In the effort to recruit more diverse patient populations in clinical trials, good intentions can easily go awry.
Panelists at a workshop, “Addressing Advocacy at the Bench: Implementing Change,” held last fall at The 12th AACR Conference on the Science of Cancer Health Disparities in Racial/Ethnic Minorities and the Medically Underserved described complex and sometimes contentious negotiations between the scientists conducting clinical trials and patients from racial and ethnic minority groups.
Research has long shown that populations at risk for cancer health disparities are less likely than other groups to participate in research studies. In the past few years, the U.S. Food and Drug Administration has provided guidance on how to recruit participants from underserved groups, and the agency began publishing Drug Trials Snapshots, clearly written, graphically presented information on the demographic makeup of clinical trials.
Most researchers know they should recruit patients from minority groups. But when approaching patients, they sometimes fail to establish trust, or to adequately convey that patients are likely to benefit from their participation, panelists said.
“Many of us come from populations that have experienced research in a negative form,” explained Phyllis Pettit Nassi, associate director of Research & Science, Special Populations, at the Huntsman Cancer Institute in Salt Lake City. “There has been unethical use of data that come from our people. Our populations are fearful, and we have to correct misinformation.”
Nassi, who was one of several cochairs of the disparities conference, works with 40 Native American tribes in five states, and she said she has seen many efforts to recruit them to a research study fail due to misunderstandings. For example, a researcher may visit a tribal land, and may establish some friendly relationships, but if the Native Americans have never left the reservation or visited the researcher’s clinic, he may not truly understand the value of the researcher’s work.
Jamie Brewer, M.D., of the FDA Office of Oncology and Hematology, pointed out that clinical trials that enroll mostly white patients ultimately only determine a drug’s safety and efficacy in white patients.
“Drug development has been very robust lately, but we are missing out on the aspect of whether a drug will be more beneficial or less beneficial to various racial and ethnic groups,” she explained.
The panelists said that researchers and patients alike would benefit from efforts to continuously connect with minority populations, so that trust and familiarity might grow organically. Lola Fashoyin-Aje, M.D., a medical officer with the FDA, said the agency has taken steps in this direction, seeking out patients to advise them on many issues surrounding clinical trial participation, including financial toxicity and ethical concerns.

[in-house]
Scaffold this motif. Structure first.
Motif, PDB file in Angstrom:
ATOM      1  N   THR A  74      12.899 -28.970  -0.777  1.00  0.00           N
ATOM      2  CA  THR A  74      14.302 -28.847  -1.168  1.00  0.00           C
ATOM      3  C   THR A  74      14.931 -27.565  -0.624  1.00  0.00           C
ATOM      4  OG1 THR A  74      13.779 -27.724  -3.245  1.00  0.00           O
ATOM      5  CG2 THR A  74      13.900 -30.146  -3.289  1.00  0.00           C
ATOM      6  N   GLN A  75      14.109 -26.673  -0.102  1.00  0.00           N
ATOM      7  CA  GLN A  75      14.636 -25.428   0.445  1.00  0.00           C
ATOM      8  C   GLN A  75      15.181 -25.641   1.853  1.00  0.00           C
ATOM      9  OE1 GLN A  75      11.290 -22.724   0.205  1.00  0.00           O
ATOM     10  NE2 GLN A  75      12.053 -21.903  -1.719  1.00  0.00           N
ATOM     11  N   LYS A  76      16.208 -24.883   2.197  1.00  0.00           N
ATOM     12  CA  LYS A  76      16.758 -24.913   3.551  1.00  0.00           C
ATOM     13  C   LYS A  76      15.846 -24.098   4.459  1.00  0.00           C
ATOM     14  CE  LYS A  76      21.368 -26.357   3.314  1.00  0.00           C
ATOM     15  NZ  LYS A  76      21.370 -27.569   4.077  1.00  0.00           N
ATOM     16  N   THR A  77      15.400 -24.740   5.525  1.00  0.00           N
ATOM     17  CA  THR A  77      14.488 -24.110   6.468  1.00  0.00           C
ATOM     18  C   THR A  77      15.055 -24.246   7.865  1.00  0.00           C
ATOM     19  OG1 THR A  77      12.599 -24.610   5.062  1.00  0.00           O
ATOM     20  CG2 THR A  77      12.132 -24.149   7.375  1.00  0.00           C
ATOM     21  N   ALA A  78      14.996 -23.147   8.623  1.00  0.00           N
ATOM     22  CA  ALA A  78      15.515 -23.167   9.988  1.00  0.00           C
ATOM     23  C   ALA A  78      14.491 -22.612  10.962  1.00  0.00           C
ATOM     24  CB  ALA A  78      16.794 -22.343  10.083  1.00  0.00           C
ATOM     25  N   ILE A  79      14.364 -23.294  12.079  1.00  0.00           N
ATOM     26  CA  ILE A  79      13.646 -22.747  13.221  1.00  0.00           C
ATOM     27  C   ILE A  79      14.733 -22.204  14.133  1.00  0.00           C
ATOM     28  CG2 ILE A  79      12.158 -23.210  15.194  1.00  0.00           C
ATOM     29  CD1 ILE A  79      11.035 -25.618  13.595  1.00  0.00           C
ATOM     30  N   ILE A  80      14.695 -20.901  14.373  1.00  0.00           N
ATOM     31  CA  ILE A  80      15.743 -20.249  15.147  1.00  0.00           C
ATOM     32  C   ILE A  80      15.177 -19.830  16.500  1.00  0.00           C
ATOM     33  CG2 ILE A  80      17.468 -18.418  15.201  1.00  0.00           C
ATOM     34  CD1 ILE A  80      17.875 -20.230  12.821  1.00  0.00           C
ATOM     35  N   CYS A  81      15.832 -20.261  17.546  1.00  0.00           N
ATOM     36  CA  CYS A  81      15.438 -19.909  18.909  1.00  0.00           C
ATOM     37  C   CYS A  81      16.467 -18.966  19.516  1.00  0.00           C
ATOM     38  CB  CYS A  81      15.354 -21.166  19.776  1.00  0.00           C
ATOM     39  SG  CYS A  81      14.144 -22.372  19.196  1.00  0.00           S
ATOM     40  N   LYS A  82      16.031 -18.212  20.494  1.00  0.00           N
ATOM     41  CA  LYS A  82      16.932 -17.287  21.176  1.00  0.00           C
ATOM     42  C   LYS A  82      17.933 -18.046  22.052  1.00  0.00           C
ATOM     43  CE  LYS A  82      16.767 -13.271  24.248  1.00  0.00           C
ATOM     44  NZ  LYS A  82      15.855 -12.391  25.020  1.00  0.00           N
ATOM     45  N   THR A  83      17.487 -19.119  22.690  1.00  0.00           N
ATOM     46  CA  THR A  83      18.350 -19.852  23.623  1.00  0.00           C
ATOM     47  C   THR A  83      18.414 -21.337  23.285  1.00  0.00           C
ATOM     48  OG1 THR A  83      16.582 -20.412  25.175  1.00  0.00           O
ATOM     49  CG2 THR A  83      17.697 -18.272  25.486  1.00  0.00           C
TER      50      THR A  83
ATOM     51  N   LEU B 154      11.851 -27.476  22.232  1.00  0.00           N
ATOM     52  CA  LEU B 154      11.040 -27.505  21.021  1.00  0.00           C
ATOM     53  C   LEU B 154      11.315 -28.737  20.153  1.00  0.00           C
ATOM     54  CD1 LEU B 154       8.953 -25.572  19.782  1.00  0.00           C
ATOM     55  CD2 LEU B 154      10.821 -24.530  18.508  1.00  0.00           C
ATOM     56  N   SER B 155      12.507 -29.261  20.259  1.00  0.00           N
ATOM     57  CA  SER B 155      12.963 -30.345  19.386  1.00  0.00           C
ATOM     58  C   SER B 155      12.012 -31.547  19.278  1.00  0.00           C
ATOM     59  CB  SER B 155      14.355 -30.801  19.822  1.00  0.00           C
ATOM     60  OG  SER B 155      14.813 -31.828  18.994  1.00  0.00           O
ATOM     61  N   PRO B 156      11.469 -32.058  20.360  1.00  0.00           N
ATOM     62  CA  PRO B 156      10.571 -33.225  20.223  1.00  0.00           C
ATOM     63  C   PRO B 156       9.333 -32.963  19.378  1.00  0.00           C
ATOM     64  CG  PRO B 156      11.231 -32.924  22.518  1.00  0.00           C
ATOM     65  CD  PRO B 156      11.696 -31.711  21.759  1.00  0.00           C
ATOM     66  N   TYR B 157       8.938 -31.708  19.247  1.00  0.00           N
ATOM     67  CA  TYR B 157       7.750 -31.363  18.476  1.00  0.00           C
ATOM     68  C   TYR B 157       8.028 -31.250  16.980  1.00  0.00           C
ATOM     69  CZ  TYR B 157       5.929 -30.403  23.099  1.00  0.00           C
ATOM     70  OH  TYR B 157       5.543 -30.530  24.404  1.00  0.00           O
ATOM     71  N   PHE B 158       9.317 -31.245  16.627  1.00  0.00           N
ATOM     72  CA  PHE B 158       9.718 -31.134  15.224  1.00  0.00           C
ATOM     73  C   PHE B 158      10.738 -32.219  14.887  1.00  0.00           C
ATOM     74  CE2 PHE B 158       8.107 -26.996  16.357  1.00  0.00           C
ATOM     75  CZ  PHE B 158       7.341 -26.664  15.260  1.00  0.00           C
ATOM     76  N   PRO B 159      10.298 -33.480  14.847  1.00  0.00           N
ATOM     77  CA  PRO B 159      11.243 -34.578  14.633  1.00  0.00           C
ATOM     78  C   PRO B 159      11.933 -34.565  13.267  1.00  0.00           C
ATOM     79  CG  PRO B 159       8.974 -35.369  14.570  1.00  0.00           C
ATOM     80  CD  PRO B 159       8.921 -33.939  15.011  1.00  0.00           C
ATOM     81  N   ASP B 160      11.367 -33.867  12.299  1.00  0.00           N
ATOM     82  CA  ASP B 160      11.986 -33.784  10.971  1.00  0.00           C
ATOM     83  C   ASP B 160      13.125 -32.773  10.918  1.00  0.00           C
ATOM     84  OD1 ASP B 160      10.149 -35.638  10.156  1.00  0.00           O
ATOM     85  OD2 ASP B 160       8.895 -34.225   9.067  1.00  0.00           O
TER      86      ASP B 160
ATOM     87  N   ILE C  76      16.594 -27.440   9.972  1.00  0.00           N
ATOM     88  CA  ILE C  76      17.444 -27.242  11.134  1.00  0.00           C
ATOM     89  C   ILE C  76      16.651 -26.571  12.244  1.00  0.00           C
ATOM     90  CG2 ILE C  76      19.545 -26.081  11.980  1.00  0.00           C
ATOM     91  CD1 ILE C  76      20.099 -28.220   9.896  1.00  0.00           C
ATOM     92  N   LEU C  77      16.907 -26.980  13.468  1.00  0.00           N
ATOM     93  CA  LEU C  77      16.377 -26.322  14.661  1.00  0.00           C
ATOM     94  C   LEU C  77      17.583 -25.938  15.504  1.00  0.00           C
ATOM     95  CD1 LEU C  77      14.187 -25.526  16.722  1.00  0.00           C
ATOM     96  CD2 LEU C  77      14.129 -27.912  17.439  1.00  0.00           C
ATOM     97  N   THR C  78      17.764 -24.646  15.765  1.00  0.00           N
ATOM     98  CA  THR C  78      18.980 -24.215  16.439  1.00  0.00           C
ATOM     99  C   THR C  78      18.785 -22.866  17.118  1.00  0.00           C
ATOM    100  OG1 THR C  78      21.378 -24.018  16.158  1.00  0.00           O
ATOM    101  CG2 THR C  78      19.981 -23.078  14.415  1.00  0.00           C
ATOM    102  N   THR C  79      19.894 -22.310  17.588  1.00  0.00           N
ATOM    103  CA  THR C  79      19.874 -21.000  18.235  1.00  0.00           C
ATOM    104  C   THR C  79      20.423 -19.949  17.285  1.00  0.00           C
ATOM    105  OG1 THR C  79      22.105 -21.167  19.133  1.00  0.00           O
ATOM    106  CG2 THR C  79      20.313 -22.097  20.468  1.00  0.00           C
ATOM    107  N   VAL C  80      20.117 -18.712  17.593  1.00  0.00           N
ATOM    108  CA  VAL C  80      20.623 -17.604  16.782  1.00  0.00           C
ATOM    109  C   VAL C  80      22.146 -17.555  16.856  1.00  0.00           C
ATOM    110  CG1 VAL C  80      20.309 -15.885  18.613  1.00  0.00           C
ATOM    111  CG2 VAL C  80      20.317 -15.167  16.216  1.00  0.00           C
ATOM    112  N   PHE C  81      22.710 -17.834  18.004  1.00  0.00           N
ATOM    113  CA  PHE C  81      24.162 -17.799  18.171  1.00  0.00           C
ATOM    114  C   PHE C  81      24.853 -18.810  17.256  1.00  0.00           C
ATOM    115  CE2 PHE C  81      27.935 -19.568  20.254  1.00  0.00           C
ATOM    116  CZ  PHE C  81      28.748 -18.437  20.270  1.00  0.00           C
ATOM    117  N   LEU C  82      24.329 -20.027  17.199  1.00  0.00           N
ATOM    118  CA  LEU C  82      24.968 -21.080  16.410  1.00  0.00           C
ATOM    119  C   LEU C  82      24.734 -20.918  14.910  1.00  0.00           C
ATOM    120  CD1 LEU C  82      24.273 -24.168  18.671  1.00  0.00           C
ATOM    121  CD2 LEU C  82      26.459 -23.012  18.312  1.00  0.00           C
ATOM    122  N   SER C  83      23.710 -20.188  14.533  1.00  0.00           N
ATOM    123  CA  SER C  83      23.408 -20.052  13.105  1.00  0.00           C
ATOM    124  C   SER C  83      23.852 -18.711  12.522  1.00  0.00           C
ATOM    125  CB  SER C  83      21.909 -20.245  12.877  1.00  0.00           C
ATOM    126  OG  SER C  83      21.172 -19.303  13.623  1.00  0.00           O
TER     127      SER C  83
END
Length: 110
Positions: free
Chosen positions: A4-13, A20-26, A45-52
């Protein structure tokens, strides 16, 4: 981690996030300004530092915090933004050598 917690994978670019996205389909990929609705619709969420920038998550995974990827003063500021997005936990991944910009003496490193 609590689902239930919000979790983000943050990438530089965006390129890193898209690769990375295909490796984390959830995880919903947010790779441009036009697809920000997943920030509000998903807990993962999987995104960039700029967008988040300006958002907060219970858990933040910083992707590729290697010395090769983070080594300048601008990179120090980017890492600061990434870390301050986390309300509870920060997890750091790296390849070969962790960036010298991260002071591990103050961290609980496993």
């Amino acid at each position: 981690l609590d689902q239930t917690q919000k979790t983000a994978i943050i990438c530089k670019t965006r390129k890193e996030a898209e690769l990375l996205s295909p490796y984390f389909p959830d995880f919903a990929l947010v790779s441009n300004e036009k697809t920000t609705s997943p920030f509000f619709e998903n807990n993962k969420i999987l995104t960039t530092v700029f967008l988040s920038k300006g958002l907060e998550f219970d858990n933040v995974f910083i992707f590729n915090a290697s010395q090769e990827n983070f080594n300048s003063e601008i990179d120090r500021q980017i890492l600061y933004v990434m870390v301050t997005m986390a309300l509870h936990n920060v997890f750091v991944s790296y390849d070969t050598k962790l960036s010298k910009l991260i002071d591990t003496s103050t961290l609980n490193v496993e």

“We have to get out of this mentality that we just have to get the data,” said Nynikka Palmer, assistant professor at the University of California San Francisco. “We have to go to the communities, ask them what they need, and meet them along the way. We should start by building relationships and building trust.
Brewer agreed. “The relationship needs to be there, and we should work to develop it early on in a patient’s care,” she said. “We try to build the relationship when we need patients for studies, but we should get to know them earlier, without demanding anything from them.”
How can the patients help?
At Candace Henley’s lowest point during her treatment for young-onset colorectal cancer, she promised herself that if she lived, she would devote herself to advocacy.
Today, she is a proud and passionate advocate, having founded The Blue Hat Foundation to raise awareness of colorectal cancer in minority and medically underserved communities. She also works to spread awareness of the crushing burden of medical costs for cancer patients. In the wake of her treatment, she lost her home and her job. She applied for federal Social Security Disability Insurance, but her application was denied.
“At that time, there were no patient navigators; there was no one to tell me that I could have appealed it,” she said. “I didn’t know I could fight.”
She said patients can improve their chances of being heard and respected if they learn all they can about their cancer.
“Patients need to understand their disease,” she said. “It’s great to have passion, but make sure that with your passion, you are educated, so that when you are having a conversation with a medical professional, they will trust you just as you are being asked to trust them.”